"You are killing me," he exclaimed as the TARDIS door closed behind him. "For once…just once…I would like to say, 'I want to go here' and have here be where I end up."
The Doctor walked over to the console and paused for a moment. He needed to see River, his River. Perhaps he could break her out of the stormcage for a good old-fashioned date, of sorts. What he needed right now was to be lovingly belittled and humored. He didn't even much care whether or not there were any physical shenanigans. He simply needed to be near his River. And he was almost afraid to ask or input any coordinates. Maybe he would tidy himself up a bit, first. Put on some shoes, for starters.
As he took the steps down from the platform, the TARDIS jerked into motion and sent him sailing across the floor and into the wall. "WHAT THE BLOODY HELL!" he yelled, lying crumpled in a jumbled mess. He pulled all his gangliness together and tried to stand up.
"I…have…had...just…about…enough….." was as far as he got before the ship came to an abrupt halt, once again knocking him to the floor. With almost superpower strength, he propelled himself to his feet and stood rigid, arms extended towards the floor with white knuckles glowing on clenched fists.
His voice was slow and low and saturated with hatefulness. "You have been tossing me around my past and future seemingly at your whim, and it ends now. When the universe is on the edge of disaster, please, by all means, drop me off where I'm needed…"
The Doctor walked angrily toward the console and shouted as he seemed to fly up the stairs, "BUT THIS IS HER LIFE!"
He braced his arms on the console and dropped his head. "This is my life," he added faintly. "It could all fall apart, and even if I do it all exactly right, it may still fall apart." The Doctor looked up at the scanner and was, once again, face-to-face with Date of Death.
The TARDIS suddenly powered down, leaving him in a nearly pitch black box. The only lights were runners leading towards the door. The Doctor felt his way to the steps and sat down, propping his elbows on his knees. He rested his forehead on clasped hands and debated his next move.
He had no idea where he was. He had not even taken the time to suggest a time and place to the ship. He knew where he wanted to be. He wanted to be on a picnic with River at the Fairy Fields or watching fireflies together during a spring evening on Earth. He wanted her to push him out of the way when it was time to fire up the TARDIS or roll her eyes when he asked, "What about this bowtie with this hat?"
He just wanted something that was easy, for a change. A day that didn't involve saving, solving and protecting, whether it be a people, a planet or River herself. He had seen it done for hundreds of years. A man shows up with a flower or two, a chaste kiss for his lady friend and off they go. Rarely did a date start with a spaceflight into the TARDIS or with the waving of a gun. Those beginnings certainly held their appeal; however, sometimes an unloaded "Hello, Sweetie" would be just as exciting.
But nothing about his version of a date seemed at all like River. Even in their tender moments, she never quite let go of her edge. She was always protective and comforting with Amy and Rory, usually taking on a role reversal. And he could sometimes see her eyes soften when a look passed between them. The passion and determination that erupted from her like a gas under pressure excited and motivated him, and most of the time, that's the River he wanted. That's the River who met him undressed at the end of a long battle. But seeing the vulnerable side of her in her early days led him to believe that there had been major event to mold River into...well, River.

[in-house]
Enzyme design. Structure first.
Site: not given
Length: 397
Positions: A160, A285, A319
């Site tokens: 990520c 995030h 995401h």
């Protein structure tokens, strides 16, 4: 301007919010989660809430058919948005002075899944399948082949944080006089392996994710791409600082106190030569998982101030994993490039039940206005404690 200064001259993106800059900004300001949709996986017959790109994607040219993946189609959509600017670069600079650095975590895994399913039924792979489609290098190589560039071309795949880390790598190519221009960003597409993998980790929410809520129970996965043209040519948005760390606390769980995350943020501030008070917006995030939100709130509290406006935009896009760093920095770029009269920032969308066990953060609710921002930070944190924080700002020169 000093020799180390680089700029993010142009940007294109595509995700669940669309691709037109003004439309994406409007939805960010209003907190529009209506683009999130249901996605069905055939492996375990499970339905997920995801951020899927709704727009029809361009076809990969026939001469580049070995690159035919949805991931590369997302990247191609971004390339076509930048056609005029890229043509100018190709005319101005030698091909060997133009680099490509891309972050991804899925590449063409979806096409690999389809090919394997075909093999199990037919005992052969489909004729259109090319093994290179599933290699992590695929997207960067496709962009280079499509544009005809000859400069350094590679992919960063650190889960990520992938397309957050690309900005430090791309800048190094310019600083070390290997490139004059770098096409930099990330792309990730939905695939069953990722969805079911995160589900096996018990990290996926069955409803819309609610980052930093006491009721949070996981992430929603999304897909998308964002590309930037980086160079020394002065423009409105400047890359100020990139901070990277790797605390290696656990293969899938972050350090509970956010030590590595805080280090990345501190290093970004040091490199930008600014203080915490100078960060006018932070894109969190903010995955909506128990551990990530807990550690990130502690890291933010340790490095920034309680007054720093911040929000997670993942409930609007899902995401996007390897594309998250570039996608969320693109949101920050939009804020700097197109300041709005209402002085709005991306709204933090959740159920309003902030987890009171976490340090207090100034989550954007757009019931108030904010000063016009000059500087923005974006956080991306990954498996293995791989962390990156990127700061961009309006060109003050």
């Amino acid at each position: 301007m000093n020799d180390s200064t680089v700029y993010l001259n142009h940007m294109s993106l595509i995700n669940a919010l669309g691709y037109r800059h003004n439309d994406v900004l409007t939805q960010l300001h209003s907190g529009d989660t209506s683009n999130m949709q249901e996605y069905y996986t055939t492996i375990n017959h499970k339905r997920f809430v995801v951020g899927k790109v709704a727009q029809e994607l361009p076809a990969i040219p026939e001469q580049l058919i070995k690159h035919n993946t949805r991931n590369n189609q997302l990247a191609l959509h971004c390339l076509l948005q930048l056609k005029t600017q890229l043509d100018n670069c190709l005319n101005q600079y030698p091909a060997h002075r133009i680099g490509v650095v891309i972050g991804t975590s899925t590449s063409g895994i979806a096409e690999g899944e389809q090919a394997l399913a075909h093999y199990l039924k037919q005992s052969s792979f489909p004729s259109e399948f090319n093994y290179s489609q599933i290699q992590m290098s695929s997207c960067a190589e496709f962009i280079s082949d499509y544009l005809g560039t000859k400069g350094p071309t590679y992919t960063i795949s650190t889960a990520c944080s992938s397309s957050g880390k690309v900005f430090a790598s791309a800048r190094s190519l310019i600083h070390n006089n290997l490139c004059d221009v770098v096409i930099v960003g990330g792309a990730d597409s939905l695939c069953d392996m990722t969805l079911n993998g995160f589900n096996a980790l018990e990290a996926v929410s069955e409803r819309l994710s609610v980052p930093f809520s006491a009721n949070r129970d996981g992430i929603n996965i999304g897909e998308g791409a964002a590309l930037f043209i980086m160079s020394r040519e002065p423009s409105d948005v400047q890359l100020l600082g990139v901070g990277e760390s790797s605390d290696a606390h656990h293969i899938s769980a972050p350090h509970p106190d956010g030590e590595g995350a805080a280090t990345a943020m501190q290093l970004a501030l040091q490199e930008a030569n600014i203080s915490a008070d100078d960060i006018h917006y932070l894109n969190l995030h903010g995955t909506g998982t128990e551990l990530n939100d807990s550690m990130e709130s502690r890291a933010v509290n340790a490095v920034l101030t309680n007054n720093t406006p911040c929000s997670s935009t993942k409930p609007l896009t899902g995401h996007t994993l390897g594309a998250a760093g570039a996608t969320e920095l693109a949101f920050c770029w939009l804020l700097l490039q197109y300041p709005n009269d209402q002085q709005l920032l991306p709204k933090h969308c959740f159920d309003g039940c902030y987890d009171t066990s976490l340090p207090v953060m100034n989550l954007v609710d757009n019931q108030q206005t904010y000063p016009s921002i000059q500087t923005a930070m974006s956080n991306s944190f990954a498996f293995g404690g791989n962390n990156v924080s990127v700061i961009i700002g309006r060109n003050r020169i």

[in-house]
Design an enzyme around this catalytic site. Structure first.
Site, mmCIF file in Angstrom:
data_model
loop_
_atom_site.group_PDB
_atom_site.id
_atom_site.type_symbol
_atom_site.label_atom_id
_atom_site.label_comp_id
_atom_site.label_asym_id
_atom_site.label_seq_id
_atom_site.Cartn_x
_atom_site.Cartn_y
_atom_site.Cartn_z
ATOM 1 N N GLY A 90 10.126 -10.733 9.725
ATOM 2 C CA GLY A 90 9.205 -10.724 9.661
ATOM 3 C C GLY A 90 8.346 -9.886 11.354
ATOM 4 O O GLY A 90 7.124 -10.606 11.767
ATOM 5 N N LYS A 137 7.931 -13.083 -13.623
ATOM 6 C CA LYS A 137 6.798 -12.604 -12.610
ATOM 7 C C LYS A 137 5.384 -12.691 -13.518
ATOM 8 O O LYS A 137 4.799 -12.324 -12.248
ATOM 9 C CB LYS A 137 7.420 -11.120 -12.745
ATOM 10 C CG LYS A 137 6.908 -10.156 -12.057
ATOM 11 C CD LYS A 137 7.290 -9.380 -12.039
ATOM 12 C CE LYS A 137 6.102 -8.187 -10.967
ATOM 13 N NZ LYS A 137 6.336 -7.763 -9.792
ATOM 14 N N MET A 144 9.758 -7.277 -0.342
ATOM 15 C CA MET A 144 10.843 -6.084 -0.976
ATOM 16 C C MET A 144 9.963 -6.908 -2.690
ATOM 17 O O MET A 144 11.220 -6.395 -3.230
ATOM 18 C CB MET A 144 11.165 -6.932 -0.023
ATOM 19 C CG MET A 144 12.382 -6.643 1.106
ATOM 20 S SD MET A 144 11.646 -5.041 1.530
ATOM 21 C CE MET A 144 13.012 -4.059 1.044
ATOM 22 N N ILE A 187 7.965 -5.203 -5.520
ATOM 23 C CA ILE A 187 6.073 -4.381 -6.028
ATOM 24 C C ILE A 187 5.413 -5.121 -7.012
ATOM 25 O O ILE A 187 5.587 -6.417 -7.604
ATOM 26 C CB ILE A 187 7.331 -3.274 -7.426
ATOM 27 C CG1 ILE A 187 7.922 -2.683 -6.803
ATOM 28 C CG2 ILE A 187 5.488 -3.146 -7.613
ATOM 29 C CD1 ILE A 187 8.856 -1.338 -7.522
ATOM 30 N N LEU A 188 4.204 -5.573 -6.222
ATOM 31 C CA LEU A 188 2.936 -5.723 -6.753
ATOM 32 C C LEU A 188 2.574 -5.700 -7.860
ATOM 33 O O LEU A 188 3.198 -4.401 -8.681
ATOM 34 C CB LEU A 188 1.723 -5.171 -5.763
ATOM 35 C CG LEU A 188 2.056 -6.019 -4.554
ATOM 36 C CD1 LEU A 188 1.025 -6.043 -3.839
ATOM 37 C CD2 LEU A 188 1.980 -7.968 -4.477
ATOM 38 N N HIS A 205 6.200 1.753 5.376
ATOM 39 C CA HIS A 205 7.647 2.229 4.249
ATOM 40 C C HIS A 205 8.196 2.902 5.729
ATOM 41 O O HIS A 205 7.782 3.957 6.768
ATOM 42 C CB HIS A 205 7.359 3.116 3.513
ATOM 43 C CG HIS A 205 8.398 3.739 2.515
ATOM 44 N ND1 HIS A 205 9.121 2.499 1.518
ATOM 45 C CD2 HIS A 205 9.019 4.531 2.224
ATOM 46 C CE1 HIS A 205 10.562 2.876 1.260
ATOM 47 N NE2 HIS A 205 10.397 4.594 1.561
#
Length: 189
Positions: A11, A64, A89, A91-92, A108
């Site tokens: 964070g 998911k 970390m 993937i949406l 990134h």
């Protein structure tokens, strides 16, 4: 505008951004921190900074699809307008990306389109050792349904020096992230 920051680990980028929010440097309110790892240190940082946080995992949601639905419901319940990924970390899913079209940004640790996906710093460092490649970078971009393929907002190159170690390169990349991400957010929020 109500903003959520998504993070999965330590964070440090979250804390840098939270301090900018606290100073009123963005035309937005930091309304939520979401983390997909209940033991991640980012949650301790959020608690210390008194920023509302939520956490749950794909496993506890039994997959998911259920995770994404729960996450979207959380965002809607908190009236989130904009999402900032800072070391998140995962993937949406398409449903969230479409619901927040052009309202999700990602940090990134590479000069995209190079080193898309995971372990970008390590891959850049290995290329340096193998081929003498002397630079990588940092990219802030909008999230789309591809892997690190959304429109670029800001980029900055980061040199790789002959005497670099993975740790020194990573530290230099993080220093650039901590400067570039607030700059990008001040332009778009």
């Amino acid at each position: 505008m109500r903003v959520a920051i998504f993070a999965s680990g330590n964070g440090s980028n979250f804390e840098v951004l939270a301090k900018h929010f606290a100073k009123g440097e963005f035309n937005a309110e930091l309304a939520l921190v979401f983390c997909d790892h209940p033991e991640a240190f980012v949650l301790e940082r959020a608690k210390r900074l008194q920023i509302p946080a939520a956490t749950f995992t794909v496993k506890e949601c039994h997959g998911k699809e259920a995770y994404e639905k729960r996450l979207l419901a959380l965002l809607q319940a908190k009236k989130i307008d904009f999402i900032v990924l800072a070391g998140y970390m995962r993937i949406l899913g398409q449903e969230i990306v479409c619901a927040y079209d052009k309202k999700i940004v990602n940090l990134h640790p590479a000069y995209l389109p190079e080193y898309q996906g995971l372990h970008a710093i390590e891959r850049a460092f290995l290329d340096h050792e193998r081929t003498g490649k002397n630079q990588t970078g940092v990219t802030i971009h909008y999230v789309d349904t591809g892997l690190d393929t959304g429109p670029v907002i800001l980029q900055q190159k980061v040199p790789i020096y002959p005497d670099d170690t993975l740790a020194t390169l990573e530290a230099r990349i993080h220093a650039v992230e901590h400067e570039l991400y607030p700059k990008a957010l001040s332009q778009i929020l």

How did River become the woman she would be from the girl she was? How did her mind transform from a reckless girl-assassin into a strong-willed self-assured woman without any reference point? Her own mother couldn't teach her how to be a woman – she was barely an adult herself. He couldn't imagine that her peers had been much help to her. It was no wonder that the River he had just left seemed to be drowning in her new self. And he didn't seem to be much help. Oh, you're very nearly perfect when you've grown up. Hang in there…someday we'll even like you…here's a kiss. Idiot.
The Doctor shook his head in disgust with himself. It felt right at the time, but maybe it wasn't enough. At the same time, he could go back a hundred times and say a hundred different things and still never be sure which choice made the difference. And that scared "young" woman fought against her fate to become his River. His amazing River. Something surely goes right for the newborn River somewhere, he was sure.
The running lights began to blink, as if to hurry him along. When he considered his options, he couldn't imagine that being wherever she'd brought him to be much worse than sitting in a darkened TARIDS feeling sorry for himself. So, he drug his long awkward legs behind him like weights and clumsily made his way to the door…suddenly indifferent to the TARDIS' games.
He stepped out of his ship and into a garden. He smiled. River's garden. Well, he supposed "garden" would be stretching it. It was more like a patch of earth where the more attractive weeds had decided to congregate. Or, as River called it, a garden.
When he looked down, he remembered that he was still barefoot…and rather half put-together. And he didn't care one way or another. Inside was his River. This he knew.
He walked across the lawn to the back door and knocked. Nothing. He walked around to the front door and knocked…without success. He could hear music playing clearly, so he reasoned that his knocking couldn't be heard over the music. The Doctor made his way back to the back door and slipped quietly in, a much needed peace settling in a soul that felt like it had been kicked around for days.
Somewhere inside this house was his River.